Luci. Who should I sweare by, Thou beleeuest no God, That graunted, how can'st thou beleeue an oath? Aron. What if I do not, as indeed I do not, Yet for I know thou art Religious, And hast a thing within thee, called Conscience, With twenty Popish trickes and Ceremonies, Which I haue seene thee carefull to obserue: Therefore I vrge thy oath, for that I know An Ideot holds his Bauble for a God, And keepes the oath which by that God he sweares, To that Ile vrge him: therefore thou shalt vow By that same God, what God so ere it be That thou adorest, and hast in reuerence, To saue my Boy, to nourish and bring him vp, Ore else I will discouer nought to thee

Luci. Euen by my God I sweare to thee I will

Aron. First know thou, I begot him on the Empresse

Luci. Oh most Insatiate luxurious woman! Aron. Tut Lucius, this was but a deed of Charitie, To that which thou shalt heare of me anon, 'Twas her two Sonnes that murdered Bassianus, They cut thy Sisters tongue, and rauisht her, And cut her hands off, and trim'd her as thou saw'st

Lucius. Oh detestable villaine! Call'st thou that Trimming? Aron. Why she was washt, and cut, and trim'd, And 'twas trim sport for them that had the doing of it

Luci. Oh barbarous beastly villaines like thy selfe! Aron. Indeede, I was their Tutor to instruct them That Codding spirit had they from their Mother, As sure a Card as euer wonne the Set: That bloody minde I thinke they learn'd of me, As true a Dog as euer fought at head. Well, let my Deeds be witnesse of my worth: I trayn'd thy Bretheren to that guilefull Hole, Where the dead Corps of Bassianus lay: I wrote the Letter, that thy Father found, And hid the Gold within the Letter mention'd. Confederate with the Queene, and her two Sonnes, And what not done, that thou hast cause to rue, Wherein I had no stroke of Mischeife in it. I play'd the Cheater for thy Fathers hand, And when I had it, drew my selfe apart, And almost broke my heart with extreame laughter. I pried me through the Creuice of a Wall, When for his hand, he had his two Sonnes heads, Beheld his teares, and laught so hartily, That both mine eyes were rainie like to his: And when I told the Empresse of this sport, She sounded almost at my pleasing tale, And for my tydings, gaue me twenty kisses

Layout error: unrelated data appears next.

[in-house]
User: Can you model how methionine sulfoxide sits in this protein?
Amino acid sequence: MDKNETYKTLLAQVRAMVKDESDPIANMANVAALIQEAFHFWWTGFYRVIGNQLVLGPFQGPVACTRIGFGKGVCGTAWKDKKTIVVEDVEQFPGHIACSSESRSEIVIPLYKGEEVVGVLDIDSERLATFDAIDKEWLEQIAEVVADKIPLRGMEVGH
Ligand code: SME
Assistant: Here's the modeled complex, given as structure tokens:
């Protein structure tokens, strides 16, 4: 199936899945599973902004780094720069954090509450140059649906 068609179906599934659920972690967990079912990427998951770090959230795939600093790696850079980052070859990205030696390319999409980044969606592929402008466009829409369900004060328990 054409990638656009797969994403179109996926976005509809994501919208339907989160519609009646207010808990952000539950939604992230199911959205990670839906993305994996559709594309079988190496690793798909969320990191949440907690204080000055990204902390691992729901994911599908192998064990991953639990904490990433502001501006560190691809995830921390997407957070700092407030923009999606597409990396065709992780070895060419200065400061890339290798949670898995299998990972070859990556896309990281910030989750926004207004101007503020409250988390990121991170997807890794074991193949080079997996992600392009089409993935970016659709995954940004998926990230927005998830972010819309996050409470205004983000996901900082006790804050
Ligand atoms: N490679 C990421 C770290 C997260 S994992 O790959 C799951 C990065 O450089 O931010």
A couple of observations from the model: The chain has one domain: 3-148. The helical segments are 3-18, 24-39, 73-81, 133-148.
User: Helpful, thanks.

Goth. What canst thou say all this, and neuer blush? Aron. I, like a blacke Dogge, as the saying is

Luci. Art thou not sorry for these hainous deedes? Aron. I, that I had not done a thousand more: Euen now I curse the day, and yet I thinke Few come within few compasse of my curse, Wherein I did not some Notorious ill, As kill a man, or else deuise his death, Rauish a Maid, or plot the way to do it, Accuse some Innocent, and forsweare my selfe, Set deadly Enmity betweene two Friends, Make poore mens Cattell breake their neckes, Set fire on Barnes and Haystackes in the night, And bid the Owners quench them with the teares: Oft haue I dig'd vp dead men from their graues, And set them vpright at their deere Friends doore, Euen when their sorrowes almost was forgot, And on their skinnes, as on the Barke of Trees, Haue with my knife carued in Romaine Letters, Let not your sorrow die, though I am dead. Tut, I haue done a thousand dreadfull things As willingly, as one would kill a Fly, And nothing greeues me hartily indeede, But that I cannot doe ten thousand more

Luci. Bring downe the diuell, for he must not die So sweet a death as hanging presently

Aron. If there be diuels, would I were a deuill, To liue and burne in euerlasting fire, So I might haue your company in hell, But to torment you with my bitter tongue

William Shakespeare
Classic Literature Library

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